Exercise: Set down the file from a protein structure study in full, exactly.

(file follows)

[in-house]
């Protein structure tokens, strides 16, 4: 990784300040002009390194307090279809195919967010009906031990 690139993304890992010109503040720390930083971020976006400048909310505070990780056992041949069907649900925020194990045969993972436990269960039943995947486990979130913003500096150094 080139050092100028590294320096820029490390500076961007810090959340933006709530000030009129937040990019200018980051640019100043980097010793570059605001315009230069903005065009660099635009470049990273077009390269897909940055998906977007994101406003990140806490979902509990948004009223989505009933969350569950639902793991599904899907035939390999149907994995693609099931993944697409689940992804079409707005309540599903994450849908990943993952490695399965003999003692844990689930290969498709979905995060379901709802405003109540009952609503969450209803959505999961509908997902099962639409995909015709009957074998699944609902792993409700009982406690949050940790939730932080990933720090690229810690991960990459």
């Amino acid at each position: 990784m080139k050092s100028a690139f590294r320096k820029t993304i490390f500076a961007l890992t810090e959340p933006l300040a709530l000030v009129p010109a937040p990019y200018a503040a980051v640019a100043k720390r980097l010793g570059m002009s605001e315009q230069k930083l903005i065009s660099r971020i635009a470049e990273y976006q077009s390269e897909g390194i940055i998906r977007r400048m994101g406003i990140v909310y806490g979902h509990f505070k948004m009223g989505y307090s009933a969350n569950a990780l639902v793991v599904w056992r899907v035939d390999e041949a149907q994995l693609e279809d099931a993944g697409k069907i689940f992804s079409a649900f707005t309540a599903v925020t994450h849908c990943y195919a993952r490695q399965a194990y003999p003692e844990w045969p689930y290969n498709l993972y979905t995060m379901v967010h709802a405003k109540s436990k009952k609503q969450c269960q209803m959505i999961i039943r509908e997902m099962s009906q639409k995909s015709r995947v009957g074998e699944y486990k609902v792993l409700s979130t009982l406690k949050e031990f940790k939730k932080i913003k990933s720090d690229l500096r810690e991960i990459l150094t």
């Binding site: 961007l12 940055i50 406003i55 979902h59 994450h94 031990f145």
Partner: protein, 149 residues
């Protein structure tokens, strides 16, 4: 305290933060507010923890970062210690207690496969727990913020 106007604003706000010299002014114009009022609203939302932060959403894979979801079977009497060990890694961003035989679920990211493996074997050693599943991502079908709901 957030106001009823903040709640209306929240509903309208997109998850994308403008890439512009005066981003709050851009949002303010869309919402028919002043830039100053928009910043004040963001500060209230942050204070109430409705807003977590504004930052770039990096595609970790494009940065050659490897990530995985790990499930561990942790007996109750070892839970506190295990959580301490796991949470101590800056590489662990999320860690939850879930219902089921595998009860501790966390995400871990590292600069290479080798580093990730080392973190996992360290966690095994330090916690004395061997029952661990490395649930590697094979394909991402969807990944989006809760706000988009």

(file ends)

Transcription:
[in-house]
């Protein structure tokens, strides 16, 4: 990784300040002009390194307090279809195919967010009906031990 690139993304890992010109503040720390930083971020976006400048909310505070990780056992041949069907649900925020194990045969993972436990269960039943995947486990979130913003500096150094 080139050092100028590294320096820029490390500076961007810090959340933006709530000030009129937040990019200018980051640019100043980097010793570059605001315009230069903005065009660099635009470049990273077009390269897909940055998906977007994101406003990140806490979902509990948004009223989505009933969350569950639902793991599904899907035939390999149907994995693609099931993944697409689940992804079409707005309540599903994450849908990943993952490695399965003999003692844990689930290969498709979905995060379901709802405003109540009952609503969450209803959505999961509908997902099962639409995909015709009957074998699944609902792993409700009982406690949050940790939730932080990933720090690229810690991960990459």
């Amino acid at each position: 990784m080139k050092s100028a690139f590294r320096k820029t993304i490390f500076a961007l890992t810090e959340p933006l300040a709530l000030v009129p010109a937040p990019y200018a503040a980051v640019a100043k720390r980097l010793g570059m002009s605001e315009q230069k930083l903005i065009s660099r971020i635009a470049e990273y976006q077009s390269e897909g390194i940055i998906r977007r400048m994101g406003i990140v909310y806490g979902h509990f505070k948004m009223g989505y307090s009933a969350n569950a990780l639902v793991v599904w056992r899907v035939d390999e041949a149907q994995l693609e279809d099931a993944g697409k069907i689940f992804s079409a649900f707005t309540a599903v925020t994450h849908c990943y195919a993952r490695q399965a194990y003999p003692e844990w045969p689930y290969n498709l993972y979905t995060m379901v967010h709802a405003k109540s436990k009952k609503q969450c269960q209803m959505i999961i039943r509908e997902m099962s009906q639409k995909s015709r995947v009957g074998e699944y486990k609902v792993l409700s979130t009982l406690k949050e031990f940790k939730k932080i913003k990933s720090d690229l500096r810690e991960i990459l150094t």
């Binding site: 961007l12 940055i50 406003i55 979902h59 994450h94 031990f145």
Partner: protein, 149 residues
């Protein structure tokens, strides 16, 4: 305290933060507010923890970062210690207690496969727990913020 106007604003706000010299002014114009009022609203939302932060959403894979979801079977009497060990890694961003035989679920990211493996074997050693599943991502079908709901 957030106001009823903040709640209306929240509903309208997109998850994308403008890439512009005066981003709050851009949002303010869309919402028919002043830039100053928009910043004040963001500060209230942050204070109430409705807003977590504004930052770039990096595609970790494009940065050659490897990530995985790990499930561990942790007996109750070892839970506190295990959580301490796991949470101590800056590489662990999320860690939850879930219902089921595998009860501790966390995400871990590292600069290479080798580093990730080392973190996992360290966690095994330090916690004395061997029952661990490395649930590697094979394909991402969807990944989006809760706000988009």